Sophia Rose is here with a review of The Benevolent Society of Ill-Mannered Ladies by Alison Goodman. Find out why this historical mystery wasn’t what she was expecting, but turned out to be so good!The Benevolent Society of Ill-Mannered Ladies
by Alison Goodman
Series: The Ill-Mannered Ladies #1
Genres: Historical, Mystery
Purchase*: Amazon | Audible *affiliate
A high society amateur detective at the heart of Regency London uses her wits and invisibility as an ‘old maid’ to protect other women in a new and fiercely feminist historical mystery series from New York Times bestselling author Alison Goodman.
Lady Augusta Colebrook, “Gus,” is determinedly unmarried, bored by society life, and tired of being dismissed at the age of forty-two. She and her twin sister, Julia, who is grieving her dead betrothed, need a distraction. One soon presents itself: to rescue their friend’s goddaughter, Caroline, from her violent husband.
The sisters set out to Caroline’s country estate with a plan, but their carriage is accosted by a highwayman. In the scuffle, Gus accidentally shoots and injures the ruffian, only to discover he is Lord Evan Belford, an acquaintance from their past who was charged with murder and exiled to Australia twenty years ago. What follows is a high adventure full of danger, clever improvisation, heart-racing near misses, and a little help from a revived and rather charming Lord Evan.
Back in London, Gus can’t stop thinking about her unlikely (not to mention handsome) comrade-in-arms. She is convinced Lord Evan was falsely accused of murder, and she is going to prove it. She persuades Julia to join her in a quest to help Lord Evan, and others in need—society be damned! And so begins the beguiling secret life and adventures of the Colebrook twins.
Sophia Rose’s Review
Long past the days when a lady is considered as a potential wife, a determined woman fired with feminist fervor and her sister set out to aid other women in desperate situations when no one else can or will help. A historical mystery not in the traditional sense with non-traditional heroines set against the well-drawn backdrop of the Regency era world.
I’ve already enjoyed an earlier book by Alison Goodman so knew I was in for a colorful and exciting reading experience though this time there are no supernatural elements woven in.
Lady Augusta ‘Gus’ Colebrook has had it up to here with insipid High Society and its rules that put women at the mercy of unworthy men and she is not daunted by the darker underbelly of the glittering wealth. She knows full well what getting involved means for her feminine reputation, but she has a heart and fire in her that can’t turn her eyes from others’ plights. Gus decides to enlist her grieving twin sister and go to the rescue.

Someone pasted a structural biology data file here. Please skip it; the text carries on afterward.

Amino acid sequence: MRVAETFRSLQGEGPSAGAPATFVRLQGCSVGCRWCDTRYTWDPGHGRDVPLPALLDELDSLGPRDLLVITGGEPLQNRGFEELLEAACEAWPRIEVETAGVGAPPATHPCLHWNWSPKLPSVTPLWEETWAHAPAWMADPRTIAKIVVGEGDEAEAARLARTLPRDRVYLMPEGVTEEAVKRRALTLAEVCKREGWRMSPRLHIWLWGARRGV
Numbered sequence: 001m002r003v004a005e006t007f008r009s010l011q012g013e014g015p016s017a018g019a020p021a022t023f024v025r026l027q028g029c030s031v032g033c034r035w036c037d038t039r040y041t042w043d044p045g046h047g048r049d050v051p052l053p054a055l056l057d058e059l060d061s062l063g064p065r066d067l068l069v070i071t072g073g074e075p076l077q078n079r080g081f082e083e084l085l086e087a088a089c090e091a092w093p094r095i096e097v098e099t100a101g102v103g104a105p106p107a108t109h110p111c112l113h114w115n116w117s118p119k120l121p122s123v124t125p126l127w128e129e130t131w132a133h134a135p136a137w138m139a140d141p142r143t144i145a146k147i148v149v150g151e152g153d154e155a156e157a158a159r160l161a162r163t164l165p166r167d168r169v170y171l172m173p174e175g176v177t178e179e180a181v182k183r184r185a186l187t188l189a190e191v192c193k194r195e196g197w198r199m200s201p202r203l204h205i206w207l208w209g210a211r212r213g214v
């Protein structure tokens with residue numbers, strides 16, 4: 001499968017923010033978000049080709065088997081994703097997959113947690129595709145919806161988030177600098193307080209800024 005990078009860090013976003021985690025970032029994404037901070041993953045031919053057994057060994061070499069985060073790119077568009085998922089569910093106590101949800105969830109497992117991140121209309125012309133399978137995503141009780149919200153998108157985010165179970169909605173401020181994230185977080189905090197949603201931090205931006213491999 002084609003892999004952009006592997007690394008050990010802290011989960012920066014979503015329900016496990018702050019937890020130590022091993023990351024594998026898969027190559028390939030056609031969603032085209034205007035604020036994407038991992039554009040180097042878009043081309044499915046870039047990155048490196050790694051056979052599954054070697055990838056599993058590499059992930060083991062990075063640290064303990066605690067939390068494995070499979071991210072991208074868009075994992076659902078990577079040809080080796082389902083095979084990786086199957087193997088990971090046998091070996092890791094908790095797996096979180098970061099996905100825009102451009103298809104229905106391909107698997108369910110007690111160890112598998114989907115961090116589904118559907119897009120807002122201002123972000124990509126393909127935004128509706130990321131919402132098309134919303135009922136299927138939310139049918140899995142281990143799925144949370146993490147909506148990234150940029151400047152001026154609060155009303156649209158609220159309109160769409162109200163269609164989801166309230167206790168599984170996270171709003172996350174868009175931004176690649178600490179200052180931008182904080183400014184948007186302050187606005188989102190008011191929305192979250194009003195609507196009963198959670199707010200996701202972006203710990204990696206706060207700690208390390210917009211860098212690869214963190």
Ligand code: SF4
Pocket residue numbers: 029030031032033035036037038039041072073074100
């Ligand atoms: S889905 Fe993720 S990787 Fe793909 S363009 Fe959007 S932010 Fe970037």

Along the way, they have an encounter with a highwayman that has a bizarre twist to the story in that he turns out to be a surprising new ally and a man with a criminal past. They operated in secret and I enjoyed pursuing the various types of mysteries they worked on from the first case of abuse to a horrid mental institution
I ended up having to make some mental adjustments when I read this one. First, I had it in my head that it would be lighter- more cozy and bantering- than it was. Once I realized that this would deal with social ills and mysteries that were darker like human trafficking, abuse, and cruel mental asylums, I was fine with what I got. And, secondly, this is actually a story broken into three parts based on three different cases the sisters, Gus and Julia, and Lord Evan are working on with the aid of their loyal serving staff and a Bow Street Runner. It is also not an end all, but the spring board for further books in a series- at least I hope that’s why the end was somewhat abrupt.
It was frustrating for Gus that men wouldn’t heed her and Oys, I wanted to smack her spiteful brother for her the way he acted toward her. Gus and Julia might be considered past it by society, but they were smart and used their spinsterhood to advantage. They also had Twin Power- or at least a fun and helpful way of silently communicating that aided them in their work. The mysteries were great, but I loved that there was a romance brewing for Gus, too. Lord Evan was a fab tarnished hero who wasn’t the criminal that all of society thought him, but he was on a mission about all that and helping the sisters, too.
All in all, this was a good start to the series and I want more Gus, Lord Evan and their team hot on the trail of social injustice and misery in their Regency times. Historical mystery fans who like it a bit grittier and darker with social injustice elements and bold characters should give this a go.
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